The story begins with a panic straight away: Rose (Radha Mitchell, Pitch Black, Finding Neverland) and Christopher De Silva (Sean Bean, Lord of The Rings, The Island) are searching for their sleepwalking, adopted daughter Sharon (Jodelle Ferland, They, TV's "Carrie" and "Dark Angel"). She is eventually spotted at the edge of a demonically high cliff, seemingly right in their backyard. I couldn't help but think that they might have chosen a better place to raise a family, but I was pulled back into the fantasy when Sharon visualizes a small child, very much like herself, falling into a hellish abyss of sorts. She almost follows in after her vision when mommy dearest executes a perfect open field tackle at the last minute. Sharon's cries of "Silent Hill, Silent Hill" are apparently par for the course with the wee weirdo, and in subsequent scenes we discover that these episodes, unresponsive to medical treatment, have the parents at odds over whether they should explore the matter further on their own. Rose wants to visit the Silent Hill of her daughter's nightmares to dig out the source of her torment, but hubby, after a Googling session reveals the town's haunted history, vehemently disagrees.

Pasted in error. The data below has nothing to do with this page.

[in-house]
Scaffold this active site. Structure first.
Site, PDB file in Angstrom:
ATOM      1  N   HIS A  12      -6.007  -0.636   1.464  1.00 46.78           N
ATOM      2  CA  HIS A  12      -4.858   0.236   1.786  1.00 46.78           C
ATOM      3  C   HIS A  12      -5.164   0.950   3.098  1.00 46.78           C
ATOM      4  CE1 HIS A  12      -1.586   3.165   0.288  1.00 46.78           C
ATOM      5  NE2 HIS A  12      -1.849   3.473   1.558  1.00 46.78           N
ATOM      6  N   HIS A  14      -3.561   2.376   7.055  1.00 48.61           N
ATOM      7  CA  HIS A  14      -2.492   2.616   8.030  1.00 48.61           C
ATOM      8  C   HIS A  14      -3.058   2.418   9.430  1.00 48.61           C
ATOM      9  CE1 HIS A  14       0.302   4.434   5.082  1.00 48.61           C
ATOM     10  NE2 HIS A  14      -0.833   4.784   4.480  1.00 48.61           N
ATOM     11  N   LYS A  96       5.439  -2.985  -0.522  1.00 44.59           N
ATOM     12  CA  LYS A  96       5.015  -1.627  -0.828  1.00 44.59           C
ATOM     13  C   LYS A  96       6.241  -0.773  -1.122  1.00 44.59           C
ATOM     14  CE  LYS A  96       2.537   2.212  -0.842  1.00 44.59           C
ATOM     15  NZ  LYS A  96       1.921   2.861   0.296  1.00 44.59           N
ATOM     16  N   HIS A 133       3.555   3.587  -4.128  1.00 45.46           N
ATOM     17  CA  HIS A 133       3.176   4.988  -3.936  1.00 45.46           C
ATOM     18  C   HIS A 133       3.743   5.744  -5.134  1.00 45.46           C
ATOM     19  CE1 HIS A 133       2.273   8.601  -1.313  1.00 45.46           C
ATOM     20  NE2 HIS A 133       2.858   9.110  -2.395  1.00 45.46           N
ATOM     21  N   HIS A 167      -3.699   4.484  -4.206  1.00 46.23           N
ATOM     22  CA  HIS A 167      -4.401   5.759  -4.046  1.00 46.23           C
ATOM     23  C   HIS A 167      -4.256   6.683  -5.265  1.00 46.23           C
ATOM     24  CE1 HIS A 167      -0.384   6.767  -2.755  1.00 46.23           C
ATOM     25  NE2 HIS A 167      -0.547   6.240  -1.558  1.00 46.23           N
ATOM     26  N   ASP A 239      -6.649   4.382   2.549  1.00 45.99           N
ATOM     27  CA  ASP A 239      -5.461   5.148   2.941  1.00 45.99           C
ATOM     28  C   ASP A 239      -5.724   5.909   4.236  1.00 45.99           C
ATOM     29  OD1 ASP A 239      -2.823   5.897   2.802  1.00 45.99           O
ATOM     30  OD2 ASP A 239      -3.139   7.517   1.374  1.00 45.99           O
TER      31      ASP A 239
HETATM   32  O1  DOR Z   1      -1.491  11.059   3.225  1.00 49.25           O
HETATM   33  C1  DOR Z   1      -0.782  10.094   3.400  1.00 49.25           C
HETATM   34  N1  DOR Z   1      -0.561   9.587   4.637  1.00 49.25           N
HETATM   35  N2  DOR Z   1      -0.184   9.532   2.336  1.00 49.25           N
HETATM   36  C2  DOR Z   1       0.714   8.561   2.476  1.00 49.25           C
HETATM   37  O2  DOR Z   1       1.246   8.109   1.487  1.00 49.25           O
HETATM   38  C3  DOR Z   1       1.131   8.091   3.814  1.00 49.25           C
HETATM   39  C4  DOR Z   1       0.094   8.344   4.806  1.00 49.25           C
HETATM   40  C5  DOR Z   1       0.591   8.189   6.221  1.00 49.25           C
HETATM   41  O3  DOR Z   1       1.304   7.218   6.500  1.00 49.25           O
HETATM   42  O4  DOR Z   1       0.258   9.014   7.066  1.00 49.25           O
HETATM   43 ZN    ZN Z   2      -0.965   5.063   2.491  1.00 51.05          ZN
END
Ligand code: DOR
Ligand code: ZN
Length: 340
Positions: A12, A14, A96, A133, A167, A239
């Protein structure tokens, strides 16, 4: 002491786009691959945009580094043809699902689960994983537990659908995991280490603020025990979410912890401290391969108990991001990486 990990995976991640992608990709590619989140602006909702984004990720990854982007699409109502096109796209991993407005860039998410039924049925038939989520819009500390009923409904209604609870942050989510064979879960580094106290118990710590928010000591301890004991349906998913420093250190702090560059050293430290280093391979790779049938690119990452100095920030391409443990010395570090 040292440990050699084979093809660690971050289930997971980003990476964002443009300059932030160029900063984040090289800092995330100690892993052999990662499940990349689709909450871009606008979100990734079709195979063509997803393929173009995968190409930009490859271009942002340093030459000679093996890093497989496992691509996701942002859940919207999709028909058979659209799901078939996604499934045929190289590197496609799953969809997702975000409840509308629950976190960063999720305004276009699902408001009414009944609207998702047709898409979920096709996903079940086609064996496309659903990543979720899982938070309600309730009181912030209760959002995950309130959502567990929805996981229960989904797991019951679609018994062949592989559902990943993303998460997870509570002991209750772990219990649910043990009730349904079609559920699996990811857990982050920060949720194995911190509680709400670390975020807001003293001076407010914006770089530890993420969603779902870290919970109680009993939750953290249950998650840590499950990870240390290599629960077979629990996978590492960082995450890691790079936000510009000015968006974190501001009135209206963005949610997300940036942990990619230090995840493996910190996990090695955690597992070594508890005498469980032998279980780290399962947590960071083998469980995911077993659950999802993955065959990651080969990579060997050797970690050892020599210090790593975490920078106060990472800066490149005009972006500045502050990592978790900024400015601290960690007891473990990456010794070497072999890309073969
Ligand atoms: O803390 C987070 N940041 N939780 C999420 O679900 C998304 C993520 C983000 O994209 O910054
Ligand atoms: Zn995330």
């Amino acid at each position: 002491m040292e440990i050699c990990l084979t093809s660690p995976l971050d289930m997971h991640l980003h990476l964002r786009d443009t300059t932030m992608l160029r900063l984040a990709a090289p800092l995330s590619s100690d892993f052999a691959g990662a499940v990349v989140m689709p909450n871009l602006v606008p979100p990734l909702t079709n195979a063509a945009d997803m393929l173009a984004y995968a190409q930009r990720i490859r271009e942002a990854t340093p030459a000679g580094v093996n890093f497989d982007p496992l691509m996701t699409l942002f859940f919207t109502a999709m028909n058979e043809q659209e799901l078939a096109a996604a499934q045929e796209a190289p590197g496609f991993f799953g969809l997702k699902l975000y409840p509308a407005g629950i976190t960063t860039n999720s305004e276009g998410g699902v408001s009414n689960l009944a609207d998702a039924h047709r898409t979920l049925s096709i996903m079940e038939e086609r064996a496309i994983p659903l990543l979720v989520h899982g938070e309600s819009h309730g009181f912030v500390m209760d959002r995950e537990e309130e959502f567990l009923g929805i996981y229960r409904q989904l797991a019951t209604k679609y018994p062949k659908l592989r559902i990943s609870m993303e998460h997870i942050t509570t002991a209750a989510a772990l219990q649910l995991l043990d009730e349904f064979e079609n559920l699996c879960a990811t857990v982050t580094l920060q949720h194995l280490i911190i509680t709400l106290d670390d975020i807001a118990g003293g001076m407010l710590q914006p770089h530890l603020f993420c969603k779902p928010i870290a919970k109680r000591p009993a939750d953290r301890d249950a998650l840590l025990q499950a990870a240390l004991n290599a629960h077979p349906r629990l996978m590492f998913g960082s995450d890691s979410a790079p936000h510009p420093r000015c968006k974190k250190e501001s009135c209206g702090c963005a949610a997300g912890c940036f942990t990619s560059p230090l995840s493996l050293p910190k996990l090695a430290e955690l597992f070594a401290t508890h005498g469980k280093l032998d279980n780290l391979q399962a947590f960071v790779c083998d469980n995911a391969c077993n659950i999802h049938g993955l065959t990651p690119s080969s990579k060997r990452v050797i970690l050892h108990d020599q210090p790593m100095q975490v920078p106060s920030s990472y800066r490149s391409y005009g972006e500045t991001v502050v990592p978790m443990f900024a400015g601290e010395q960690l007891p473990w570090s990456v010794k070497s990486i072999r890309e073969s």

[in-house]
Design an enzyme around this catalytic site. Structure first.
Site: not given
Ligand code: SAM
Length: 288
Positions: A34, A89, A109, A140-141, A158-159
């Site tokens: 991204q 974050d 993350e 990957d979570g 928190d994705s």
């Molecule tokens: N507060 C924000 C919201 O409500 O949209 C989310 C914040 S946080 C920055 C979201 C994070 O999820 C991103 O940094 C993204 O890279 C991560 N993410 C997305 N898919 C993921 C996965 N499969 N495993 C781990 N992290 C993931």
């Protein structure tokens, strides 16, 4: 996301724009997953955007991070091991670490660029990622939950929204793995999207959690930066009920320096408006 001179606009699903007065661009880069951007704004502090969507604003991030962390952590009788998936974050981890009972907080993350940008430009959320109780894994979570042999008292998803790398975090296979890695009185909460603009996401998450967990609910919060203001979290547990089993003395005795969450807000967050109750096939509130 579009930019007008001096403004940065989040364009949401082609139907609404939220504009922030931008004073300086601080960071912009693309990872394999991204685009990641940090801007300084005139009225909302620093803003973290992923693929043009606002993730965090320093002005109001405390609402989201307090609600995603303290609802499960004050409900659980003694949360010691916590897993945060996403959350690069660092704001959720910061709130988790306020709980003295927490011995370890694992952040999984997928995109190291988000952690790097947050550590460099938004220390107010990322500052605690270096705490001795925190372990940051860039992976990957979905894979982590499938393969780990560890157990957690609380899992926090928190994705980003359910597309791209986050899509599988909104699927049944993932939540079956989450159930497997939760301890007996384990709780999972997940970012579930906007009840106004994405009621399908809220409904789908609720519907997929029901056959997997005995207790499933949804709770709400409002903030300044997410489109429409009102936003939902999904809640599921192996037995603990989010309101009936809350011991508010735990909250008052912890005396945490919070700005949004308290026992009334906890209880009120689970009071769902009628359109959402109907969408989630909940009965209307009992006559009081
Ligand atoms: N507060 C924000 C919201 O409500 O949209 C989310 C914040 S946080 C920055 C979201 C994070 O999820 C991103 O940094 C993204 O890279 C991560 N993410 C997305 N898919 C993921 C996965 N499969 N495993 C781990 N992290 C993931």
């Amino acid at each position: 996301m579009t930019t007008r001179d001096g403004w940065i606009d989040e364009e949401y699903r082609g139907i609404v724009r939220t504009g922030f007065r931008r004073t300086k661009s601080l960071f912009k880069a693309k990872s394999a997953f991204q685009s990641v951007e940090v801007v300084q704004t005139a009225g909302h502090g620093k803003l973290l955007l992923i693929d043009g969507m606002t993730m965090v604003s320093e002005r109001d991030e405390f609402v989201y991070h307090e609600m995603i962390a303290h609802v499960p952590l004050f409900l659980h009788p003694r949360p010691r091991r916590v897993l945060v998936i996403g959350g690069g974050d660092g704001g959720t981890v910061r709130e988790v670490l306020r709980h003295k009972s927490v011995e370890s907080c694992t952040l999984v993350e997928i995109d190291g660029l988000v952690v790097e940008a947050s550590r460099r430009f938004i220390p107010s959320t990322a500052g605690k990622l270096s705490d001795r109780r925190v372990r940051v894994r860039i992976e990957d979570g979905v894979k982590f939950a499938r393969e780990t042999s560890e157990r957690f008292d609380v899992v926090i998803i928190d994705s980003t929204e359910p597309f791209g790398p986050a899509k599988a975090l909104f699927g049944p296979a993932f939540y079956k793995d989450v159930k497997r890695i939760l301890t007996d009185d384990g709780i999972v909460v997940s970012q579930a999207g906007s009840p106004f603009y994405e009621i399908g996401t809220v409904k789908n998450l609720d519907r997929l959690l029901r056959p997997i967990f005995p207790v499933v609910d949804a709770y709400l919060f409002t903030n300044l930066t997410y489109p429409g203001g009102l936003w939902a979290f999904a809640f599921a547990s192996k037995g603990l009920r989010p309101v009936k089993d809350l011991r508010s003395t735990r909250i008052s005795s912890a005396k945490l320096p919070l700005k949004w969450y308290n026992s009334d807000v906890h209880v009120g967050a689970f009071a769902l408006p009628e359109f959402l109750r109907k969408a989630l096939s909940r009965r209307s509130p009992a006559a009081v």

Rose, however, is compelled to get to the bottom of the mystery and charts a course for the forbidden locale, which is what any good mother would do, I guess. Why she decides to bring the daughter with her to a haunted town gated off from the rest of the world is a little beyond me, but I promised I would consistently remind myself that I was watching a new sub-genre of horror where actions that brought about imminent danger were expected, even encouraged. After all, how could you start getting attacked by stuff if you went on your own, or with armed company, and could easily just turn around when things got too hairy? Surely, it makes sense to have various encounters with a police officer, in this case one named Cybil Bennet (Laurie Holden, Fantastic Four, and voice of the original game character) who was skeptical of your interests in visiting the town and who would end up arresting you shortly after you crashed your SUV and got separated from your daughter. And shortly afterward, it seems perfectly natural to run about the abandoned town in which you have been mysteriously imprisoned, chasing glimpses of your child down foreboding alleyways and into the cavernous, industrial caves of every possible permutation of societal institution one's day terrors can conjure. All this is du rigueur, especially when night falls (set to a timer that feels like every couple of hours or so) and from its shadows births horrific creatures literally from the floors and walls of the entropic environs � creatures that appear to exist for absolutely no other reason than to make your skin crawl. I learned that once I accepted this type of activity and behavior to be the natural order of things, I instantly settled into the "game zone", prepared for some seriously scary fun.